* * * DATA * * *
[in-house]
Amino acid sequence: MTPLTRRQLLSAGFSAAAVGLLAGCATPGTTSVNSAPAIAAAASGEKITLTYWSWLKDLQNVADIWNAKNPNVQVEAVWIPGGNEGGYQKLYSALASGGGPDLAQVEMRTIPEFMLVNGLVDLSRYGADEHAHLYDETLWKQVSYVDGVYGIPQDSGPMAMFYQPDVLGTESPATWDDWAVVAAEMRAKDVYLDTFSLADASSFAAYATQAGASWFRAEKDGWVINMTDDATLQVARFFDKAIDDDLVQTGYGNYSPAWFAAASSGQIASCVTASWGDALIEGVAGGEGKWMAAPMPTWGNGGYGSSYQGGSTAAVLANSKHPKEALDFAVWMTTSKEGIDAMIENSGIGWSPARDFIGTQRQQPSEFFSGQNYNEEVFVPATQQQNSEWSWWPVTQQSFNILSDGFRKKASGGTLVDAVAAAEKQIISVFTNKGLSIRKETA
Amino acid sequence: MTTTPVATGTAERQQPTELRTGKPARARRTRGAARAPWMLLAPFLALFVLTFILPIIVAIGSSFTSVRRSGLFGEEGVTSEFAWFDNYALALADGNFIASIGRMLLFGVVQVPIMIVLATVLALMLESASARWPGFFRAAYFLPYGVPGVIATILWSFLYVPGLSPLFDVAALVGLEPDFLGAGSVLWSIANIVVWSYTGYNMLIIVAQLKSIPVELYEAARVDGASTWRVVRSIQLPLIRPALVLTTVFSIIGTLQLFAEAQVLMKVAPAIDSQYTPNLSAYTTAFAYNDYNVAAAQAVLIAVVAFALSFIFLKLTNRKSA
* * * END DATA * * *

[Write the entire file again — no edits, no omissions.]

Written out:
[in-house]
Amino acid sequence: MTPLTRRQLLSAGFSAAAVGLLAGCATPGTTSVNSAPAIAAAASGEKITLTYWSWLKDLQNVADIWNAKNPNVQVEAVWIPGGNEGGYQKLYSALASGGGPDLAQVEMRTIPEFMLVNGLVDLSRYGADEHAHLYDETLWKQVSYVDGVYGIPQDSGPMAMFYQPDVLGTESPATWDDWAVVAAEMRAKDVYLDTFSLADASSFAAYATQAGASWFRAEKDGWVINMTDDATLQVARFFDKAIDDDLVQTGYGNYSPAWFAAASSGQIASCVTASWGDALIEGVAGGEGKWMAAPMPTWGNGGYGSSYQGGSTAAVLANSKHPKEALDFAVWMTTSKEGIDAMIENSGIGWSPARDFIGTQRQQPSEFFSGQNYNEEVFVPATQQQNSEWSWWPVTQQSFNILSDGFRKKASGGTLVDAVAAAEKQIISVFTNKGLSIRKETA
Amino acid sequence: MTTTPVATGTAERQQPTELRTGKPARARRTRGAARAPWMLLAPFLALFVLTFILPIIVAIGSSFTSVRRSGLFGEEGVTSEFAWFDNYALALADGNFIASIGRMLLFGVVQVPIMIVLATVLALMLESASARWPGFFRAAYFLPYGVPGVIATILWSFLYVPGLSPLFDVAALVGLEPDFLGAGSVLWSIANIVVWSYTGYNMLIIVAQLKSIPVELYEAARVDGASTWRVVRSIQLPLIRPALVLTTVFSIIGTLQLFAEAQVLMKVAPAIDSQYTPNLSAYTTAFAYNDYNVAAAQAVLIAVVAFALSFIFLKLTNRKSA